On 8 September, the 37th edition of Romaeuropa Festival opened at the Cavea of the Auditorium Parco della Musica Ennio Morricone, with the national premiere of the play We Want It All by the Dutch company Ick Dans Amsterdam, directed by Emio Greco and Pieter Scholten.
After two years of restrictions due to the pandemic, this edition returns to ‘full capacity’, offering – as it has always done – theatre, dance, music and digital art in continuous dialogue and confrontation with both the citizens of Rome, in general, and the audience attending the numerous events proposed by over 400 artists from all over the world, in particular, seizing on the modern trend of an ethical art more concerned with perception than with the “science of the sensible”.
Among the many, heterogeneous events taking place during the months of the festival, Greco and Scholten’s inaugural performance is the perfect counterpoint to a conception of culture, even more so in the analogue-digital reality in which we are immersed today, which runs opposite and counter to that generally understood even by the partners and those who have offered patronage to this event.
Lorenzo Tagliavanti, president of the Rome Chamber of Commerce, an essential partner of the event, argued at the festival presentation that culture stands at the edge of our lives with a consoling function in dark and difficult times, such as the general closures following the pandemic and now the Russian-Ukrainian war. He also emphasised that where culture exists no war can take place because there is understanding and knowledge.
Filippo Tommaso Marinetti is one of those who would disagree. This ‘reassuring’ conception of art is called into question by the title of Greco-Scholten’s modern dance performance: We Want It All (referencing the famous Queen song, of which, however, there is not a single note in the show). This represents a battle cry replacing banal consolation with a fiery vindication and placing art at the centre of the body and, thus, of existence. This battle cry is undoubtedly positive and focuses on the relationship between the ego and the other, between me and outside me, expressed in an exaggerated choreographic gesture that becomes an instrument which also opposes self-censorship.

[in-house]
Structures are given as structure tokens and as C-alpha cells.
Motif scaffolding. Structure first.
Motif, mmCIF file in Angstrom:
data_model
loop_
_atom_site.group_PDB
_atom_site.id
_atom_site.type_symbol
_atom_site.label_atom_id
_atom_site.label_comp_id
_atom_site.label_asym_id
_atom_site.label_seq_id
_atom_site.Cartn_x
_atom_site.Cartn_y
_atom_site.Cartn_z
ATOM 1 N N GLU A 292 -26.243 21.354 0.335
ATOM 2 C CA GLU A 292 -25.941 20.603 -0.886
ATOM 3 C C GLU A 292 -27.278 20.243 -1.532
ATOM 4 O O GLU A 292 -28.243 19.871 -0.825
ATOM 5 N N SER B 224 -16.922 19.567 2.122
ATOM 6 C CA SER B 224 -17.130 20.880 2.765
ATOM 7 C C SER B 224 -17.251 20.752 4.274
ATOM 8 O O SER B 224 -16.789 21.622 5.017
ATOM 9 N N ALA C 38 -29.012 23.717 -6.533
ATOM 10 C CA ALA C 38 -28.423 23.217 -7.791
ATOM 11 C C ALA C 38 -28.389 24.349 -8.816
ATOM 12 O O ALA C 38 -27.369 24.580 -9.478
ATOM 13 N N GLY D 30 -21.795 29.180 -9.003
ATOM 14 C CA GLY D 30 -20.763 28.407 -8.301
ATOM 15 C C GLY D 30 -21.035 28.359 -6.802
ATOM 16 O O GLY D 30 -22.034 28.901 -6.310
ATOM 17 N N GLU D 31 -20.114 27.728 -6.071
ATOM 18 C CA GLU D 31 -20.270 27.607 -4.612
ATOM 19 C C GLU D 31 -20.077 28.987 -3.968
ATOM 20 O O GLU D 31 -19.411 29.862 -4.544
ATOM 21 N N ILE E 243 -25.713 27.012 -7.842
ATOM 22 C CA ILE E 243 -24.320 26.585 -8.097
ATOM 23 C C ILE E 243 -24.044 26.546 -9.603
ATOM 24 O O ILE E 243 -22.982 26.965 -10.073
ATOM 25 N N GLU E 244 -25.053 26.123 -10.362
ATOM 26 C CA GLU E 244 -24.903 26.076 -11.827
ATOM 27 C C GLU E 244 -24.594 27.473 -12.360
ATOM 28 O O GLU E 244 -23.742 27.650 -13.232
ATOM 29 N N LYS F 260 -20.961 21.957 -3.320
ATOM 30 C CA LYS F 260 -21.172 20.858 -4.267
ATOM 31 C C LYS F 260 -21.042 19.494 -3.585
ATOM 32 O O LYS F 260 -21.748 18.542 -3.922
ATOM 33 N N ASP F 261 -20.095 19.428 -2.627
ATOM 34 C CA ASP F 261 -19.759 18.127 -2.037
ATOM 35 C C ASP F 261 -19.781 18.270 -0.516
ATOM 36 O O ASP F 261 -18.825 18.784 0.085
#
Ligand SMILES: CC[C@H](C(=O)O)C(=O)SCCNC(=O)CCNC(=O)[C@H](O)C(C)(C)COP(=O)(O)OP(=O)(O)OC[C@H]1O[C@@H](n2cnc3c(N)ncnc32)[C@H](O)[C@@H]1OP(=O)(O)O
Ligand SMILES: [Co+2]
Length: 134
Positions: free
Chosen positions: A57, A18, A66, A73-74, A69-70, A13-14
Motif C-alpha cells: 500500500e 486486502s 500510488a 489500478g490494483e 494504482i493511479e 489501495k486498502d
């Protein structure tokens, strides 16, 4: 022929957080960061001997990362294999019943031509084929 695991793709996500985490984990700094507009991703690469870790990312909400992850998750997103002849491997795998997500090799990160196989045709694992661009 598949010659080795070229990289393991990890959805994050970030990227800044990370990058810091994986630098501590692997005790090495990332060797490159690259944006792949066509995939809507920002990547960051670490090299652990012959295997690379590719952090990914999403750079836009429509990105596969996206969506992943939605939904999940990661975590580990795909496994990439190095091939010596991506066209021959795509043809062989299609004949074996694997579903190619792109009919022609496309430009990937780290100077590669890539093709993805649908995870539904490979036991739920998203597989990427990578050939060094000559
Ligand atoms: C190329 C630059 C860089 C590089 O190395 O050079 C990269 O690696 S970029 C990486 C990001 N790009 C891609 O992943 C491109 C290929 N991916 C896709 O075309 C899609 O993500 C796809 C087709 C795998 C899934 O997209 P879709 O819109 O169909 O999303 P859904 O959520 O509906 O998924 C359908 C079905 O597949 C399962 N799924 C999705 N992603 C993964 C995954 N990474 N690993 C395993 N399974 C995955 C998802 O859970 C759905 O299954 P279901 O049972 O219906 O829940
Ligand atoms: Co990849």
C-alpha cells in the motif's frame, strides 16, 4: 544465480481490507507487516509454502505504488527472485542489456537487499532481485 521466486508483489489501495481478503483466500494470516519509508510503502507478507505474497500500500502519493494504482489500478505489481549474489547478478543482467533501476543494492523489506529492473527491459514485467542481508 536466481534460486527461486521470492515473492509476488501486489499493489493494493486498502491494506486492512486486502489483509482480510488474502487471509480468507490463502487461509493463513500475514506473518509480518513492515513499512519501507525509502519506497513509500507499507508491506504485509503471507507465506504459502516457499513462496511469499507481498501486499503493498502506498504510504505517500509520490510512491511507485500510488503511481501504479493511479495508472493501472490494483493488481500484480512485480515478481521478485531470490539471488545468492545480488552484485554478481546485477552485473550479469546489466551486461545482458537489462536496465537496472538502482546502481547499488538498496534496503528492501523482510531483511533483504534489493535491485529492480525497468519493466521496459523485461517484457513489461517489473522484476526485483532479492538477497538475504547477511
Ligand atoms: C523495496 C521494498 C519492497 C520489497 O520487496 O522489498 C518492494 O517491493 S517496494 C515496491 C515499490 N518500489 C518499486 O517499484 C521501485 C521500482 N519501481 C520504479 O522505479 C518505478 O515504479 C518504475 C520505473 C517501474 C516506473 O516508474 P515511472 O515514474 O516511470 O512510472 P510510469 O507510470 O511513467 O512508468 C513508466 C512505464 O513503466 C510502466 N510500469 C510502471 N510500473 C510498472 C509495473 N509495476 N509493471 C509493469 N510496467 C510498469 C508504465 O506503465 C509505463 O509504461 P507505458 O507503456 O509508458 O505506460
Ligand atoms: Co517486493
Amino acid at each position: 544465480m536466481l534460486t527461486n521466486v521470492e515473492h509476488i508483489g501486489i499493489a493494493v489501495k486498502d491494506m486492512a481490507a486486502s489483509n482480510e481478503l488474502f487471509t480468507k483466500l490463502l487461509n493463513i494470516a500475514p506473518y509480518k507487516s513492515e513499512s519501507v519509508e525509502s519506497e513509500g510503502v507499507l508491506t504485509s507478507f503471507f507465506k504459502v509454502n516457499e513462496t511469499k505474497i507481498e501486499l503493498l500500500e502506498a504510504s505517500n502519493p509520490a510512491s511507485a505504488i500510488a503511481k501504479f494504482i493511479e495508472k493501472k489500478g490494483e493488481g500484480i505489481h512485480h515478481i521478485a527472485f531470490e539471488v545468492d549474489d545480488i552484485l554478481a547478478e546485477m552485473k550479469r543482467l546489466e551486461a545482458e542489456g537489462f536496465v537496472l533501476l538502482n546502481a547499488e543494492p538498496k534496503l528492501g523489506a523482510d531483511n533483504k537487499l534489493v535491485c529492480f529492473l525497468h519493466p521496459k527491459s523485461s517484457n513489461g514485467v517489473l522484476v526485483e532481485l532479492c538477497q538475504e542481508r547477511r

This choreographic work, seemingly unintentionally, has much to do with the immaterial cybernetic space of the digital. It is the sum of 12 final acts from among more than 60 works produced by the Dutch-Italian duo, placed in a meaningful order rather than chronologically. A series of endings, therefore, that annul time not only as a representation of what has already been performed, like in any live show, but also as a representation of fragments that forcefully re-emerge from the past to re-signify themselves in the present as something new, becoming aesthetic-social vectors of contemporaneity. It is no coincidence that the show was conceived back in 2020.
A sense of success and the acceptance of error, with their infinite ‘variations on a theme’, echo in a dance accompanying daring musical passages (e.g. ranging from Bach to Marylin Manson) and is fundamental in order to make an intervention in the artistic gesture and question it – a dance that spreads existentially in the synaesthesia of a performance which is about the depths of each of us.
The duo, who somehow retrace their career in this work, return to the essence. This was already outlined in their 1996 manifesto where, among the first sentences, appears one that is as poetic as it is a disruptive reflection on being curious, being and following the heart and, at the same time, being and following the body. This is a passage from the brain to the body, moving through the heart, which places immateriality and materiality on the same level, in which the body stands out, becoming an agent of thought in an increasingly complex and multifaceted reality, almost glitchy – both digital and analogue.
Romaeuropa Festival, Rome (different venues), 08.09 – 20.11.2022
Please visit here the website for the complete and updated calendar of events and to reserve the tickets.
images (all) ICK Dans Amsterdam / Emio Greco – Pieter C. Scholten, We Want It All, 2022